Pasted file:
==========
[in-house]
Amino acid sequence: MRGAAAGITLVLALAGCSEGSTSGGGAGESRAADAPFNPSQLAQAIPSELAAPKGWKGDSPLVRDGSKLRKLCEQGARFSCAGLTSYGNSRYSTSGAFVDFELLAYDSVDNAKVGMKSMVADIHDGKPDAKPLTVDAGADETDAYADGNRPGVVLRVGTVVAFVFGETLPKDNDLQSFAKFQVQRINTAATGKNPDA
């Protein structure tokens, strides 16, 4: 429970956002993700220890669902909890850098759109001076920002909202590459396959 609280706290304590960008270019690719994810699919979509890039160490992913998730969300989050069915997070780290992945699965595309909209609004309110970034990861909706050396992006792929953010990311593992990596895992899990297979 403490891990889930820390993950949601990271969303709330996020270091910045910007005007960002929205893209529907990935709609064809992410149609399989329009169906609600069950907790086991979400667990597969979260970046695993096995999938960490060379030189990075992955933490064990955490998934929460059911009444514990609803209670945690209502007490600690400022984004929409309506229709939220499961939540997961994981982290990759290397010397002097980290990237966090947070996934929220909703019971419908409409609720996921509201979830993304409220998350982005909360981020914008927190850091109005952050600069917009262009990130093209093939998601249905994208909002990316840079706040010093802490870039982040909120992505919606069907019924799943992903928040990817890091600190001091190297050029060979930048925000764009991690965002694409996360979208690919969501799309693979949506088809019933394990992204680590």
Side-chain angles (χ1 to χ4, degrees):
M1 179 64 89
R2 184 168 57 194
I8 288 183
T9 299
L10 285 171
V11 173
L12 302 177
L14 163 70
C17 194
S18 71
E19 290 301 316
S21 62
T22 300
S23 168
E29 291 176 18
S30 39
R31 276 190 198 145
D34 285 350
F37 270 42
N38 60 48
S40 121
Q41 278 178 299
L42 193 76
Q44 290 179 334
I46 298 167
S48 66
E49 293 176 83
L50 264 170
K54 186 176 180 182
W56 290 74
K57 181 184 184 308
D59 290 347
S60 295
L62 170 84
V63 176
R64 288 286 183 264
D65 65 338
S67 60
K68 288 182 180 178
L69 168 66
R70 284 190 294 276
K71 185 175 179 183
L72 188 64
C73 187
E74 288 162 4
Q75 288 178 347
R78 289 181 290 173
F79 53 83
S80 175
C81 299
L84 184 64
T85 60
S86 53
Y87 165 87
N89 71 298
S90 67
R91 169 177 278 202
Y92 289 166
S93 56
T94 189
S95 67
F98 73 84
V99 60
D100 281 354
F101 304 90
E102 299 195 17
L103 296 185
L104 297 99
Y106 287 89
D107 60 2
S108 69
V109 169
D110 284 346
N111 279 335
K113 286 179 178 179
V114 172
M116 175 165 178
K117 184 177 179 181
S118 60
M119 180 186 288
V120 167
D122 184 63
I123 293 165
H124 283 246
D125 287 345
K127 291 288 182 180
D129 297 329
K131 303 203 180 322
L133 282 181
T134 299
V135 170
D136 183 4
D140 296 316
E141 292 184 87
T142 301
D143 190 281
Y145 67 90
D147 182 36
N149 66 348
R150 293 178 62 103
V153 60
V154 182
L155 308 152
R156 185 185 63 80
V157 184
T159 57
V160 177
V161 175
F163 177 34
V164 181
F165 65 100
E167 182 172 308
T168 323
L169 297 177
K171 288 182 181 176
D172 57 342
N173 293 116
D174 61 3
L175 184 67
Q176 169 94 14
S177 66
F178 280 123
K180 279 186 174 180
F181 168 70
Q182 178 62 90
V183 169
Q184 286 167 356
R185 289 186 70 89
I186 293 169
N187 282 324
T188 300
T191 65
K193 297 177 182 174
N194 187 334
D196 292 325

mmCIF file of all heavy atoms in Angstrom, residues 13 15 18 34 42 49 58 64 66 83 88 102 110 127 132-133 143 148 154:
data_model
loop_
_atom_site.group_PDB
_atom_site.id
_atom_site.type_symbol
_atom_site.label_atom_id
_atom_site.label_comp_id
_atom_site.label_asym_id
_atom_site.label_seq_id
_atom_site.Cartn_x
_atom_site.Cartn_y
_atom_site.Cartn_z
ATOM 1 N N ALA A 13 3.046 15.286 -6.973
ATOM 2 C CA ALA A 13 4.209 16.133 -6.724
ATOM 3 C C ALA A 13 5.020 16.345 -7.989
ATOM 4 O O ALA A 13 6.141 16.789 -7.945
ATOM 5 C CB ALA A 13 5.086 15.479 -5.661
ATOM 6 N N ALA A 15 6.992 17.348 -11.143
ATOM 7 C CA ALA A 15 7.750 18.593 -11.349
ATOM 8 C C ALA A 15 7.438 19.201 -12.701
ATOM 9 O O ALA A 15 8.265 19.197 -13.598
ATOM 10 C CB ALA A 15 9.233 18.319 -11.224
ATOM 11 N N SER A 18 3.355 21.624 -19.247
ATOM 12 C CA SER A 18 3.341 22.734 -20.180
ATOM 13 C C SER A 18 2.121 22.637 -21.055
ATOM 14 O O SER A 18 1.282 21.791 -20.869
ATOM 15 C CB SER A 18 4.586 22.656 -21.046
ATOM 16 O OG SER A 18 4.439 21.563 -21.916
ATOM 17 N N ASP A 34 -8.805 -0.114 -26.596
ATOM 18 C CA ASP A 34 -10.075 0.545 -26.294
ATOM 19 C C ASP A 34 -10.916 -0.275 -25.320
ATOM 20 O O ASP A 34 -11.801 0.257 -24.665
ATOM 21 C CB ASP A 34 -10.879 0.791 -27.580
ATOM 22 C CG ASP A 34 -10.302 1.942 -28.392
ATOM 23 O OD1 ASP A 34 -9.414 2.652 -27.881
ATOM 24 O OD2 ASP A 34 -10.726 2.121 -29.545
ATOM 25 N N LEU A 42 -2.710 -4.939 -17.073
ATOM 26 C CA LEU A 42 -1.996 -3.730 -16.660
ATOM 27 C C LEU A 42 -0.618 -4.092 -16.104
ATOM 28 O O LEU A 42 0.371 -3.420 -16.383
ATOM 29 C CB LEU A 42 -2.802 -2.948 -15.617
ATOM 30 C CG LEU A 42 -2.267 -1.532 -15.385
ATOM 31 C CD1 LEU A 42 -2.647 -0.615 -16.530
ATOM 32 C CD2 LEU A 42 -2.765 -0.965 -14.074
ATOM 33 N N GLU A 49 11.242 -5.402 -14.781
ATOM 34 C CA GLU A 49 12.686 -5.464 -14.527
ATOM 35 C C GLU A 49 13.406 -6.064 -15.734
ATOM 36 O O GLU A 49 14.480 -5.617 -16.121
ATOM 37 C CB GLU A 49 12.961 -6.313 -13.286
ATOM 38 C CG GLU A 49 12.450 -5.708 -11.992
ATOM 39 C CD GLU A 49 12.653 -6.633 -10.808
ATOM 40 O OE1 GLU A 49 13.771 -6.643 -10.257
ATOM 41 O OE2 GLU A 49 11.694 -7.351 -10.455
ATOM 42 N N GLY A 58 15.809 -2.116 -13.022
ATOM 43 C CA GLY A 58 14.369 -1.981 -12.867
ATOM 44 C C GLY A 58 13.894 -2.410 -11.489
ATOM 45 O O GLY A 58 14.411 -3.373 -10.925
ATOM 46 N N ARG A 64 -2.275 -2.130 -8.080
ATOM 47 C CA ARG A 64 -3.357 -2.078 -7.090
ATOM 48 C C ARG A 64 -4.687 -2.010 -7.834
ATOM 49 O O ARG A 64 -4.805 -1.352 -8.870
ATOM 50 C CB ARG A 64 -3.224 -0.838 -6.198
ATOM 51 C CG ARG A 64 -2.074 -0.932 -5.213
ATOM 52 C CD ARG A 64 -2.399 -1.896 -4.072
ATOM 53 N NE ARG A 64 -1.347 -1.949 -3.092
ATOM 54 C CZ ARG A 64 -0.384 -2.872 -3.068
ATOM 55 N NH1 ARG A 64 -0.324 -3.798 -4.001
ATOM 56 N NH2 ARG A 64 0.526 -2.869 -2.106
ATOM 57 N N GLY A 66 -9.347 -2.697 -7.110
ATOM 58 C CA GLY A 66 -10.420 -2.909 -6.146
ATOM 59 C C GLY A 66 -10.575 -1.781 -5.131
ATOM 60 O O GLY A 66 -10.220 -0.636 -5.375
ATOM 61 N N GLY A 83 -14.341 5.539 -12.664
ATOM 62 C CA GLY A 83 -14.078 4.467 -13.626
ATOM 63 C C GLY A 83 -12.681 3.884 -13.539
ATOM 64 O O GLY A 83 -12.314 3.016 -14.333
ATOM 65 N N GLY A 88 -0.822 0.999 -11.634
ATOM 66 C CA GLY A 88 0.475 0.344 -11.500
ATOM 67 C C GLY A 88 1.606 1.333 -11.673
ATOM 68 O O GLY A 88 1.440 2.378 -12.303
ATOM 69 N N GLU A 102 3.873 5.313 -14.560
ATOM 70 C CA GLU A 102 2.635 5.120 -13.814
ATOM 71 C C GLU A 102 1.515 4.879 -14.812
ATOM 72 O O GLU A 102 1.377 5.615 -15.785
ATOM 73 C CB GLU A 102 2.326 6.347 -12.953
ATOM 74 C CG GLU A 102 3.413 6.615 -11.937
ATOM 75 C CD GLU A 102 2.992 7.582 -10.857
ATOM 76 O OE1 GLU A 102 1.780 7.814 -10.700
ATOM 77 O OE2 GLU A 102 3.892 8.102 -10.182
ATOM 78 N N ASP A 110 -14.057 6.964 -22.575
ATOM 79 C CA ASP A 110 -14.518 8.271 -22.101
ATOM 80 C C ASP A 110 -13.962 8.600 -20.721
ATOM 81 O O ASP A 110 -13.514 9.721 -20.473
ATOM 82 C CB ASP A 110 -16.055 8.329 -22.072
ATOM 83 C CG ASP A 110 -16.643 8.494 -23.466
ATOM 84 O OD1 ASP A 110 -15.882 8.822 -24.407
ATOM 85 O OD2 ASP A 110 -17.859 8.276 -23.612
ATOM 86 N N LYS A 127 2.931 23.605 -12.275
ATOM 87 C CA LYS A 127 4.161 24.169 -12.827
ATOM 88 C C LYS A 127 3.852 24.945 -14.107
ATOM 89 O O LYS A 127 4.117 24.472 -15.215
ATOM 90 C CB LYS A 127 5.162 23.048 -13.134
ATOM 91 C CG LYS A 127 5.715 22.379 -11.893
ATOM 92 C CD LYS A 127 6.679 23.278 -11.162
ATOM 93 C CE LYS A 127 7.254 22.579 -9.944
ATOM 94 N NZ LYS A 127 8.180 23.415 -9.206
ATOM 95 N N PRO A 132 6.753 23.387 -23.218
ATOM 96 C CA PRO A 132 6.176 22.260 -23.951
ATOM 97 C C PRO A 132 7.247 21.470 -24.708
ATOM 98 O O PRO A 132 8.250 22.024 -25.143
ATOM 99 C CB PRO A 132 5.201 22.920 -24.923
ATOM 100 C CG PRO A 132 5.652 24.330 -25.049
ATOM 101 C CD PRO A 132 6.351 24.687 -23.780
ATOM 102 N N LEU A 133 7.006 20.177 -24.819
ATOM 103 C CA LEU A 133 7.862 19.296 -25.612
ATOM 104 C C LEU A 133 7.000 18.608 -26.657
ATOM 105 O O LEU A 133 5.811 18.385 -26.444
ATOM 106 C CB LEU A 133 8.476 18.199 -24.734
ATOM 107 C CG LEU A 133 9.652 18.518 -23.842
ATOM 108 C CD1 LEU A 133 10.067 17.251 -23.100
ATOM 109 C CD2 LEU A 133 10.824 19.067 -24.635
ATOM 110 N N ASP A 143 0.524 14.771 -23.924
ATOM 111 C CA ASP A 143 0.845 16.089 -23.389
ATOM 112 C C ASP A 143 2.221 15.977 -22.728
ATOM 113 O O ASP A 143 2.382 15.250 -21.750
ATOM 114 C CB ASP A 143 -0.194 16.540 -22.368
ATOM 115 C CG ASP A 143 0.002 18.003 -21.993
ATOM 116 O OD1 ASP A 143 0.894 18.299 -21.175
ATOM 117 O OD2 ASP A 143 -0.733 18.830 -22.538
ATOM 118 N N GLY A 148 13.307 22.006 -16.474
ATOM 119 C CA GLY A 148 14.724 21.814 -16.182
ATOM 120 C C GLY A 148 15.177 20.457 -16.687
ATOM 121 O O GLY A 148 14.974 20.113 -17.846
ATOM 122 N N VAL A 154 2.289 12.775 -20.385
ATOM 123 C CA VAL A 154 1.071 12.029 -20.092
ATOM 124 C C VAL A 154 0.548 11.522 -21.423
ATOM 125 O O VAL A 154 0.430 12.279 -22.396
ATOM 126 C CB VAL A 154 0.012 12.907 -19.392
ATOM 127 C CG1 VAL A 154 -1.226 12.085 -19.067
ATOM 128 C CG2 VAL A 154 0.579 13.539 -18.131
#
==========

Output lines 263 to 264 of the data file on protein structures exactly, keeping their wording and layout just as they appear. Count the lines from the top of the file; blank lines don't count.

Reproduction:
ATOM 111 C CA ASP A 143 0.845 16.089 -23.389
ATOM 112 C C ASP A 143 2.221 15.977 -22.728